(By Luo Yanjie) In our today’s post, when a foreign company ordered a number of Hero pens from a Chinese company, the Chinese company used the fake products to replace the authentic ones and then the fake products were found to be confiscated and punished by the Customs. Finally, the foreign company brought the Chinese company into the court and won the lawsuit, claiming that the Chinese company disobeyed the contract.
Hero pens are famous and have received well reputation for its good quality in the industry of pens in China.
Introduction to the Case:
Appellant (defendant at the first instance): Wuyi Xicheng Leisure Products Co., Ltd (the “Xicheng Products Co., Ltd”)
Respondent (plaintiff at the first instance): S.K.Impex
Court of first instance: Jinhua City Intermediate People’s Court No.: (2013)浙金商外初字第10号民事判决
Court of second instance: Zhejiang Province Higher People’s Court No.: (2013)浙商外终字第167号
In 2008, Xicheng Products Co., Ltd presented an invoice stating that S.K.Impex purchased a sum of 180000 Hero pens for total of 150 boxes from Xicheng Products Co., Ltd. After Xicheng Products Co., Ltd declared these pens to the Ningbo Customs, the Ningbo Customs issued a notice of administrative penalty decision on May 21, 2010, determining to confiscate the infringing pens and impose a fine of RMB 46,000, on the grounds that these pens constituted trademark infringement against the exclusive right holder, Shanghai Hero Pen Co., Ltd of the “Hero” trademark. As such, S. K. Impex did not receive the goods on schedule and thus are led the two parties into a dispute. Therefore, on March 15, 2013, S.K.Impex brought this dispute to the court.
After accepted and heard the case, the court of first instance decided that the contract between S.K.Impex and Xicheng Products Co., Ltd could be terminated and Xicheng Products Co., Ltd shall return the pens’ payment plus interests. Dissatisfied with the decision backed by the court of first instance, Xicheng Products Co., Ltd appealed. The court of second instance heard the case and determined in the following:
- Even though the two parties did not enter into an international trading contract, both the two parties acknowledged the invoice which Xicheng Products Co., Ltd, thus meaning that the invoice could be the basis of affirmation upon their rights and obligations.
- Article 97 of the Contract Law stipulates, “After the rescission, the part of the contract that has not yet been performed shall be terminated; in respect of the part that has been performed, a party to the contract may, in light of the status of the performance and the nature of the contract, request that the original position be restored or other remedial measures be taken.” Based on the analysis, S.K.Impex requesting to return the payment plus interests shall be tenable thus be in favor of.
- Article 129 of the Contract Law stipulates, “The time limit for bringing an action before the people’s court or for arbitration before an arbitration institution regarding disputes relating to contracts for international sales of goods and contracts for technology imports and exports shall be four years.” From the Article 129, S.K.Impex had instituted legal proceedings during the period of limitation of the action.
Therefore, the court of second instance determined to reject the appeal of Xicheng Products Co., Ltd and then affirmed the original judgment backed by the court of first instance.
1. Whether did exporting the products made inside China constitute trademark infringement?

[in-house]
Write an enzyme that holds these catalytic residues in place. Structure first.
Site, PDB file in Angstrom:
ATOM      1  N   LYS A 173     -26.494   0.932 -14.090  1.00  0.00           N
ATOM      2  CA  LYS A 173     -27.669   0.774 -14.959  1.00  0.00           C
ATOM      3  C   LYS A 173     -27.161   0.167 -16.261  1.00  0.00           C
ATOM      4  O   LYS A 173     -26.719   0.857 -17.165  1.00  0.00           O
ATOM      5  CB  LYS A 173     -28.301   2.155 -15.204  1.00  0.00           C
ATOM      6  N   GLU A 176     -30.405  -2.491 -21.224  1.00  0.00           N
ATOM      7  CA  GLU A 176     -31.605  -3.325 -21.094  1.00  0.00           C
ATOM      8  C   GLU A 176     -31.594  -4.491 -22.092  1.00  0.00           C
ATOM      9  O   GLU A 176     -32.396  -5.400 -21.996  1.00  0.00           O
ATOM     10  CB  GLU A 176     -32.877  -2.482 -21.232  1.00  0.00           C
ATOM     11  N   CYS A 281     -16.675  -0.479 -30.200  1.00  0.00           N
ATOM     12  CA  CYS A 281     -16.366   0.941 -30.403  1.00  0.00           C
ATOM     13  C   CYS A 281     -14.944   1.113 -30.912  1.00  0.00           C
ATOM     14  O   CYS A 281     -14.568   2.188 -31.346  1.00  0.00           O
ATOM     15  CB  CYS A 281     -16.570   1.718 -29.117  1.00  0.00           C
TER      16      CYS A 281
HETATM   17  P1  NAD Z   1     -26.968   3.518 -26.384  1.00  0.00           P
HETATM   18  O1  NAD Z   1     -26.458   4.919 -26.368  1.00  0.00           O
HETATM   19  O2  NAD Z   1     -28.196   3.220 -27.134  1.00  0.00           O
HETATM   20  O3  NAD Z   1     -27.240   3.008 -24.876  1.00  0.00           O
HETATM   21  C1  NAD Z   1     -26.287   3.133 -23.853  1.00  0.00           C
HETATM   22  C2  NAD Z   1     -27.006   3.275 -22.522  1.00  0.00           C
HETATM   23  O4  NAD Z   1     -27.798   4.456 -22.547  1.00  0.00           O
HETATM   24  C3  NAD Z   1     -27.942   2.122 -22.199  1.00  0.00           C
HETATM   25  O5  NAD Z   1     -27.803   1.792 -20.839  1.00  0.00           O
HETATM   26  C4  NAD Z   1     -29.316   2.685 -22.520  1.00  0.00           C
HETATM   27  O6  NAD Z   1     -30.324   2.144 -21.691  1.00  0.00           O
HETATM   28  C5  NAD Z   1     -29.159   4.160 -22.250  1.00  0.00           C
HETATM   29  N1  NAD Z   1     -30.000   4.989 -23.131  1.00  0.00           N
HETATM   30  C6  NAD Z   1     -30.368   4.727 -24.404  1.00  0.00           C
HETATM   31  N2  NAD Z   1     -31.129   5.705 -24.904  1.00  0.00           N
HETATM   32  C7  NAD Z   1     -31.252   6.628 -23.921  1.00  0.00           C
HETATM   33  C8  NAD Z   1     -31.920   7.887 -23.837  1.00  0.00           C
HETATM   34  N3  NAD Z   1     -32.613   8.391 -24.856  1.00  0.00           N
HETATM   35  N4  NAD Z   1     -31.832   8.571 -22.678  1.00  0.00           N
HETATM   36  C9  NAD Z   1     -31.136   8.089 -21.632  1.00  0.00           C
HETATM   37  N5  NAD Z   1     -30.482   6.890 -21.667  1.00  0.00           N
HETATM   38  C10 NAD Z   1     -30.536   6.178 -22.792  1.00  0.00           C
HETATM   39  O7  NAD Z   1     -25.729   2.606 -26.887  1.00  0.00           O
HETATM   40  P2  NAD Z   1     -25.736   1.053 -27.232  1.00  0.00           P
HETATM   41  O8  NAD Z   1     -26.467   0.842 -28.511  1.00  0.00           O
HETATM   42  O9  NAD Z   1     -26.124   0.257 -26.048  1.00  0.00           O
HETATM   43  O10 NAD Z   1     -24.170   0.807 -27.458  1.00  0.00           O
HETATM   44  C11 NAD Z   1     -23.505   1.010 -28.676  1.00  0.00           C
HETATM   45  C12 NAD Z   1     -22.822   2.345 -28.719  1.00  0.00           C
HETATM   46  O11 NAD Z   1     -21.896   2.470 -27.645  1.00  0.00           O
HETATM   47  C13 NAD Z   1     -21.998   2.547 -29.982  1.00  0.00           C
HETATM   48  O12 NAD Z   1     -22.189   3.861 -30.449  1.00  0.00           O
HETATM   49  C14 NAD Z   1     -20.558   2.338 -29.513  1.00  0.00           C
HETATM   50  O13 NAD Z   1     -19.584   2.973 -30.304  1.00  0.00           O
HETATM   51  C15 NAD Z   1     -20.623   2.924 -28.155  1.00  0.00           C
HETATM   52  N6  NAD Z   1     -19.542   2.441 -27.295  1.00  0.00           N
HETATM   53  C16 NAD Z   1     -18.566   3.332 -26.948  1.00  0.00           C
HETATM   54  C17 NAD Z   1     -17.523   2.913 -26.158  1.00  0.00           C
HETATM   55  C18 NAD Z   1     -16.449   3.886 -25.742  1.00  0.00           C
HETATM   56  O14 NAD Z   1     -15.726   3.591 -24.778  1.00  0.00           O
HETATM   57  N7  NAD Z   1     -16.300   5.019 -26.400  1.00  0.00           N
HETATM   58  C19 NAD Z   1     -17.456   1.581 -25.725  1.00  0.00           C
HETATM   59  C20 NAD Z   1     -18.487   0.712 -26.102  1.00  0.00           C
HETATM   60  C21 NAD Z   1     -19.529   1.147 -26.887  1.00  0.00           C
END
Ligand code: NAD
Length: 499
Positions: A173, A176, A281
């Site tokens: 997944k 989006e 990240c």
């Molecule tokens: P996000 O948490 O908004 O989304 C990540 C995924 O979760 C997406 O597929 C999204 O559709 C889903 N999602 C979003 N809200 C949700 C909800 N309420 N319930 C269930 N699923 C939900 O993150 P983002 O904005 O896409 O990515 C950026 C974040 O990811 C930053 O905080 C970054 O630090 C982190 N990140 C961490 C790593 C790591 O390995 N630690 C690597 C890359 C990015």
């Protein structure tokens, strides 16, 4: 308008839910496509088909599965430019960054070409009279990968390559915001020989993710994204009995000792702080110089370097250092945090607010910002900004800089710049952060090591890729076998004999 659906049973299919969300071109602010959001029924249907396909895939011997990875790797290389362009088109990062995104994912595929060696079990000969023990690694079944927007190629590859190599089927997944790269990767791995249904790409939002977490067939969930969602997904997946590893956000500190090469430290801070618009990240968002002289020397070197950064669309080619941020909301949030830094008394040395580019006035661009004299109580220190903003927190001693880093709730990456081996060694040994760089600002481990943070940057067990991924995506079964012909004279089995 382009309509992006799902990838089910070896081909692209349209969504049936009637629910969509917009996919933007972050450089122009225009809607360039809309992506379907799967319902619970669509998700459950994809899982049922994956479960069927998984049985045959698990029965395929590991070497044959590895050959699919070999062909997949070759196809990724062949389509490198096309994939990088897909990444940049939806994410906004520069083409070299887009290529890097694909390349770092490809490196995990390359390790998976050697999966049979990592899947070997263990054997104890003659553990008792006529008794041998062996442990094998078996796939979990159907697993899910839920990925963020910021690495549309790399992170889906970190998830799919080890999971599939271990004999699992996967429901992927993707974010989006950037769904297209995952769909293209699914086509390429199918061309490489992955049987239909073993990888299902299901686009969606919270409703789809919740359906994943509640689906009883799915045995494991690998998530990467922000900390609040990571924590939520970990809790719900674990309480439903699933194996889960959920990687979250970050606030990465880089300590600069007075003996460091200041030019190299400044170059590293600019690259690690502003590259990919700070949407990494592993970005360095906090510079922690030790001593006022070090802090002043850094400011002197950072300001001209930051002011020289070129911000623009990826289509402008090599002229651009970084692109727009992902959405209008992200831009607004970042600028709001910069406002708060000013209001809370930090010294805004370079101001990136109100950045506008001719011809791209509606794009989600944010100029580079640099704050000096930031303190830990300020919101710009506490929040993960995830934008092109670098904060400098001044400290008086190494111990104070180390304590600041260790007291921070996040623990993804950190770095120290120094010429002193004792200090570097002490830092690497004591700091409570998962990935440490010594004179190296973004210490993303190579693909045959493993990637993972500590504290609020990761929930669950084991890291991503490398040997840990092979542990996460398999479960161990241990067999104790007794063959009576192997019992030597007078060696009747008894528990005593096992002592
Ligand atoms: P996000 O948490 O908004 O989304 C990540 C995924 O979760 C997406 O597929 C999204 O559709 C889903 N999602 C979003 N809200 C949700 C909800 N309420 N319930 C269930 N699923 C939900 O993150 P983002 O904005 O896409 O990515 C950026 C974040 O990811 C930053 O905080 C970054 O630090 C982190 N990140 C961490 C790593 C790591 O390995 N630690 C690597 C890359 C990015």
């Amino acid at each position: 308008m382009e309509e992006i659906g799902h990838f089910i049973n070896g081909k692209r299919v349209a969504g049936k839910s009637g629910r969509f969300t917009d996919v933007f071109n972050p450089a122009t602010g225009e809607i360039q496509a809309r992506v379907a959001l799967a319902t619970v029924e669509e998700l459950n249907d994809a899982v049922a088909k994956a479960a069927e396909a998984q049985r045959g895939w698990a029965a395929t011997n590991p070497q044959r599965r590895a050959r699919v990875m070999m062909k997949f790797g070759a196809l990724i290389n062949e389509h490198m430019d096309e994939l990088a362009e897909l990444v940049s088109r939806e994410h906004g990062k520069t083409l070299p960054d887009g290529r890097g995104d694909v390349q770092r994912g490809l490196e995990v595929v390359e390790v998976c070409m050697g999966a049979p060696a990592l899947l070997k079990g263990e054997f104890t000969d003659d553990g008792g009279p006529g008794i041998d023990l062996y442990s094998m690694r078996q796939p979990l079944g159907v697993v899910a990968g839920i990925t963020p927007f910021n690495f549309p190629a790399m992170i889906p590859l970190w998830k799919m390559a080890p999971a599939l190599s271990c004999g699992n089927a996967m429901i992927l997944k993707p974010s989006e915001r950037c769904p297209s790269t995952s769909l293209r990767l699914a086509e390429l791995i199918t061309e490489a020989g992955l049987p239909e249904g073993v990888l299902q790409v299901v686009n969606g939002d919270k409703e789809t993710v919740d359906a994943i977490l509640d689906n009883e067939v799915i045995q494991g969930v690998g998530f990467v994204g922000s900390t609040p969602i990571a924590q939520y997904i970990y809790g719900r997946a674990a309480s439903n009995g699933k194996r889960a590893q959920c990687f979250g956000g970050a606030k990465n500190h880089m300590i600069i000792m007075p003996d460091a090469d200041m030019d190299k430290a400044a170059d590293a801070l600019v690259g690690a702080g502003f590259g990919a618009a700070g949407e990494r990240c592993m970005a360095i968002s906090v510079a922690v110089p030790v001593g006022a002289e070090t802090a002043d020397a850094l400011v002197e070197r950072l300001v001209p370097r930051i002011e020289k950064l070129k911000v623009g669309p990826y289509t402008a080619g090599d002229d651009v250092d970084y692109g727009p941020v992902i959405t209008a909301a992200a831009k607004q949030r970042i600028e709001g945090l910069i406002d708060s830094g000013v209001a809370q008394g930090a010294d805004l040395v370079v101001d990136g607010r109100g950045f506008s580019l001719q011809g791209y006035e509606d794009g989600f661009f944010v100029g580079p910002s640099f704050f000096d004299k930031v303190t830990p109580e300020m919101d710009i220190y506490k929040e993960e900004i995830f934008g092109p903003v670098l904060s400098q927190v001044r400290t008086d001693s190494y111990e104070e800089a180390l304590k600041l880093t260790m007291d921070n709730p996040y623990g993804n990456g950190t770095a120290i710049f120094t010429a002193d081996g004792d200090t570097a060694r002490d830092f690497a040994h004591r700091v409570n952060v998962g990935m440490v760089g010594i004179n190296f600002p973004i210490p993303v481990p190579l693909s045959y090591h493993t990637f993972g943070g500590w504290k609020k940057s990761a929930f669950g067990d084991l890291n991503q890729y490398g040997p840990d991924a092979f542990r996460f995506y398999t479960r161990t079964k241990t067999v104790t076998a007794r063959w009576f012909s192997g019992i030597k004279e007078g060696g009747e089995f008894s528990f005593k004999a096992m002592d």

According to the Trademark Law, any using a trademark without the licensing of the trademark registrant shall constitute an infringement of the exclusive right to use a registered trademark. Literally, the behaviors of the appellant shall be conforming to trademark infringement as regulated in the Trademark Law.
However, a trademark is to distinguish the source of the goods or services. The attribute of trademark infringement is just to damage the function of distinguishing the source of the goods or services and thus is likely to lead the public into thinking that they are associated and cause confusion. In this case, the disputed pens are exported to the United States without selling in China, thus meaning that consumers in China were not access to these pens and had yet not fallen into thinking that they are associated and cause confusion. As such, exporting the products made inside China does not constitute trademark infringement, which is a generally recognized in practical inside China. For these, it is worthy discussion about the court’s decision that the behavior of the appellant constituted trademark infringement.
2. Analysis about Guarantee obligations of intellectual property rights in the international trading contract.
According to the United Nations Convention on Contracts for the International Sale of Goods, in any international trade, the seller must deliver goods which are free from any right or claim of a third party such as intellectual property rights. This means, in the legal relation arising from the sales contract, the seller is under the obligation of warranty that the products the seller delivered shall be free from any right or claim of a third party on the grounds of intellectual property rights. Because if a third party would claim any right based on industrial property or other intellectual property, the buyer’s use or sales of these products will be caused into trouble.
From the above regulations, the seller Xicheng Products Co., Ltd must warrant that the products delivered are free from infringing any intellectual property rights of a third party inside China and the imported country. Then, under the fact that the Ningbo Customs confiscated the infringing pens by virtue of trademark infringement, the seller Xicheng Products Co., Ltd had not fulfilled its duty to prevent from infringing any right of a third party and thus shall be taken responsibility for breach of contract.